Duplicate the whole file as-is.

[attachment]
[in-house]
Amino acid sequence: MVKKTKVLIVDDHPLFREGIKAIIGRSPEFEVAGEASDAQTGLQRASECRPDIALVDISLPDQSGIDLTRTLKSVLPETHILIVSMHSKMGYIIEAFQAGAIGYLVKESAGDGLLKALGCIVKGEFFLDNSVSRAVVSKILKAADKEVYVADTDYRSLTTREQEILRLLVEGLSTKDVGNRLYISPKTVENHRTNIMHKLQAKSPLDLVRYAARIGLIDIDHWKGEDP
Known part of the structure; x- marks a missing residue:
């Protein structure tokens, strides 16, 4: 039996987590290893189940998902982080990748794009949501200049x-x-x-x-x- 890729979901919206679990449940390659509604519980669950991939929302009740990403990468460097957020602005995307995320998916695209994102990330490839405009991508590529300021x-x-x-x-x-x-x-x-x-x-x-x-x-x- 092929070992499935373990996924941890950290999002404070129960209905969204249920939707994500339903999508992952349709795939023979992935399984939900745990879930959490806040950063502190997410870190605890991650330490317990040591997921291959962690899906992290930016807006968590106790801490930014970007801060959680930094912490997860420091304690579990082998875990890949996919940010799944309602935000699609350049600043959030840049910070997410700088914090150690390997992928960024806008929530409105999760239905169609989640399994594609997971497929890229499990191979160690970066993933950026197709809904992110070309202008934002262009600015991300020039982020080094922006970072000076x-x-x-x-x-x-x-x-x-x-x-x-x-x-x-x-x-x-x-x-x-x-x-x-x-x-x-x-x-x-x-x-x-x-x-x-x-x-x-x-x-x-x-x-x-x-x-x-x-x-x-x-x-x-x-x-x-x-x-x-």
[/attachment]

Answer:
[in-house]
Amino acid sequence: MVKKTKVLIVDDHPLFREGIKAIIGRSPEFEVAGEASDAQTGLQRASECRPDIALVDISLPDQSGIDLTRTLKSVLPETHILIVSMHSKMGYIIEAFQAGAIGYLVKESAGDGLLKALGCIVKGEFFLDNSVSRAVVSKILKAADKEVYVADTDYRSLTTREQEILRLLVEGLSTKDVGNRLYISPKTVENHRTNIMHKLQAKSPLDLVRYAARIGLIDIDHWKGEDP
Known part of the structure; x- marks a missing residue:
């Protein structure tokens, strides 16, 4: 039996987590290893189940998902982080990748794009949501200049x-x-x-x-x- 890729979901919206679990449940390659509604519980669950991939929302009740990403990468460097957020602005995307995320998916695209994102990330490839405009991508590529300021x-x-x-x-x-x-x-x-x-x-x-x-x-x- 092929070992499935373990996924941890950290999002404070129960209905969204249920939707994500339903999508992952349709795939023979992935399984939900745990879930959490806040950063502190997410870190605890991650330490317990040591997921291959962690899906992290930016807006968590106790801490930014970007801060959680930094912490997860420091304690579990082998875990890949996919940010799944309602935000699609350049600043959030840049910070997410700088914090150690390997992928960024806008929530409105999760239905169609989640399994594609997971497929890229499990191979160690970066993933950026197709809904992110070309202008934002262009600015991300020039982020080094922006970072000076x-x-x-x-x-x-x-x-x-x-x-x-x-x-x-x-x-x-x-x-x-x-x-x-x-x-x-x-x-x-x-x-x-x-x-x-x-x-x-x-x-x-x-x-x-x-x-x-x-x-x-x-x-x-x-x-x-x-x-x-």